Another way to include charitable giving in your estate plan is by naming a charity as a beneficiary of life insurance policies, annuities, IRAs, or other retirement plans. Depending on the other assets you have at death and their value, these gifts may have tax benefits to your loved ones or estate. For example, naming a charity as the beneficiary of a retirement accounts may be a wise choice for some individuals as retirement accounts are some of the highest taxed assets in any estate. By gifting your retirement account, your estate tax burden is reduced because your estate will receive a federal estate tax charitable deduction on the value that is held in the account. Furthermore, the charity does not have to pay income taxes on this gift.
Finally, when making a charitable gift through an estate plan, there may be benefits to your estate and loved ones. Gifts, during life or at death, to Section 501(c)(3) charities do not count towards the total taxable value of your estate. Thus, naming a charity as a beneficiary will reduce the value of your estate at the time of death, which can lower or eliminate the amount of estate taxes owed by your estate.
During this season of giving, we recommend that you not only think of the legacy you can leave your loved ones, but also the gift that can be made to a charitable cause during your lifetime or after your death. Contact Jesson & Rains for assistance with considering your options for charitable giving in your estate plan.
By Attorney Edward Jesson
With the rise in popularity of “HGTV” and “DIY Network,” and with people looking to make additional income in the real estate market, we have seen a rise in the number of people wanting to “flip” their own homes. However, in North Carolina, there are important considerations when undertaking any construction project, especially when you are “flipping” a home.
Generally, under North Carolina law, a General Contractor is any person or corporation who bids on or contracts to perform construction work where the overall cost of the project is going to be greater than $30,000.00. If you want to perform work for another person, and the cost of that work is over $30,000.00, you’ll typically need a general contractor’s license. Importantly, for work totaling less than $30,000.00, you don’t need a license. This is why handyman services, etc. do not need to necessarily be licensed with the state.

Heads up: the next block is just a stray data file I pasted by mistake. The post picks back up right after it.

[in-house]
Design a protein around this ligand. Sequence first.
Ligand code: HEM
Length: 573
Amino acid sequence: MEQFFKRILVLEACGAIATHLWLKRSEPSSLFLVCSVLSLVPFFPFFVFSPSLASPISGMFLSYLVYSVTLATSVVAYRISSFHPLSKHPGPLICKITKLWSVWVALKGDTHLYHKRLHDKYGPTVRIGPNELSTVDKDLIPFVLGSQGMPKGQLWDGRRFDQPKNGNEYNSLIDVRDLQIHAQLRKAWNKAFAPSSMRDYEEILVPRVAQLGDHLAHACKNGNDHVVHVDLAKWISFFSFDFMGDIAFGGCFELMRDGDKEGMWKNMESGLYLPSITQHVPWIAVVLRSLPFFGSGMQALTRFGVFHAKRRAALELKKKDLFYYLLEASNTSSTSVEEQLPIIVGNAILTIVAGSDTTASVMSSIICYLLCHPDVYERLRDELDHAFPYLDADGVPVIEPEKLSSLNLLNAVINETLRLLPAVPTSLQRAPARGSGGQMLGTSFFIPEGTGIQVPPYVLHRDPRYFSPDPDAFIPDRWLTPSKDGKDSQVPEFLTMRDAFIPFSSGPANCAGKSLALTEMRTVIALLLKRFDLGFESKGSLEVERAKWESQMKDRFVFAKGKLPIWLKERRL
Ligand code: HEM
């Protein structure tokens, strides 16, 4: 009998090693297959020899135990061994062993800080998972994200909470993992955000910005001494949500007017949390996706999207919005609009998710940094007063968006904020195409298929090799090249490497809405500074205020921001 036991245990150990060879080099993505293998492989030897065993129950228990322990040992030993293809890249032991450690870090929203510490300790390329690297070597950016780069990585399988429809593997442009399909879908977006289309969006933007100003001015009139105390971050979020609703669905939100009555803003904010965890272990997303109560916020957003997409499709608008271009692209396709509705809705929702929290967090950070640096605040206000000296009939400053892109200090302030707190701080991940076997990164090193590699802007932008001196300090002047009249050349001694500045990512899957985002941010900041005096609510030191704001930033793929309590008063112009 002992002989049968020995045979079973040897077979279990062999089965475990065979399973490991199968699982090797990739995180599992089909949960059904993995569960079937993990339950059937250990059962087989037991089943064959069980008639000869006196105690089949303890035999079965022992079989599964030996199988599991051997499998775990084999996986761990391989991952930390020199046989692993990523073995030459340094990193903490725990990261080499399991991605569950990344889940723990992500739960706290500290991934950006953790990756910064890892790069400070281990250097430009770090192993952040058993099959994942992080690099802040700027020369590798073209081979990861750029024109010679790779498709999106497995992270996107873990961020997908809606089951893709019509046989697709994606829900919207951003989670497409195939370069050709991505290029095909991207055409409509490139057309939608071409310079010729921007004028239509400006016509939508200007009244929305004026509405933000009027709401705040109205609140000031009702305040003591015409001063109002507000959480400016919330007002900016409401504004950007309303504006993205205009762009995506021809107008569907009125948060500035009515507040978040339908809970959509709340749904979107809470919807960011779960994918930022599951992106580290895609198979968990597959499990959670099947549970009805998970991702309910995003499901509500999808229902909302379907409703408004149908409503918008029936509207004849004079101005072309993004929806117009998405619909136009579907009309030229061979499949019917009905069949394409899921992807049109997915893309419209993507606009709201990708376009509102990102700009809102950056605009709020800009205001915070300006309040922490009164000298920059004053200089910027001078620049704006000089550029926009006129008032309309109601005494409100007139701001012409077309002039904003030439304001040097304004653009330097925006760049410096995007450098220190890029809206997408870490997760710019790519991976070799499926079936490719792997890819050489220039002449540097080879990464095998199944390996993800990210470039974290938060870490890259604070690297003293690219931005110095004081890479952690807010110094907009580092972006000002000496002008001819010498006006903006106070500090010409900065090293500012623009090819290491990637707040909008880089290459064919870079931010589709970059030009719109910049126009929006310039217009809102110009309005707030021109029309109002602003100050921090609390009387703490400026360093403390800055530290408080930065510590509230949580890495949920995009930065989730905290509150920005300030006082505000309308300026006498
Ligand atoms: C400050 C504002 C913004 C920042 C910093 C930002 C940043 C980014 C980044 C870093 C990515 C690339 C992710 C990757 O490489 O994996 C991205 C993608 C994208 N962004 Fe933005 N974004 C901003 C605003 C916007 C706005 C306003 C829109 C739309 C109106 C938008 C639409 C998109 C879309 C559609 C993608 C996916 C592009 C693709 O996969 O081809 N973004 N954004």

However, there is an exception to the rule requiring a license for any work performed over $30,000.00—after all, YouTube tutorials are a thing! In North Carolina, you can act as your own General Contractor so long as you own the building or land at the time the work is being done and so long as the building is intended solely for occupancy by that person and his family. North Carolina presumes that if the property is sold within 12 months following completion of the work, the person did not intend the building to be solely for their occupancy.
What does this mean for budding HGTV stars? If the “flip” you are doing is going to cost more than $30,000.00 and you intend to sell the home once the home is complete, you need to get a general contractor’s license prior to beginning work or hire a general contractor to oversee the work instead of yourself.
It is important to note that you still need to pull the relevant permits, obtain the necessary inspections, and have work such as electrical, plumbing, and HVAC performed by properly licensed individuals, regardless of whether or not you need or have a General Contractor’s license.
Should you have any questions about the process or need additional help, please don’t hesitate to call Jesson & Rains today.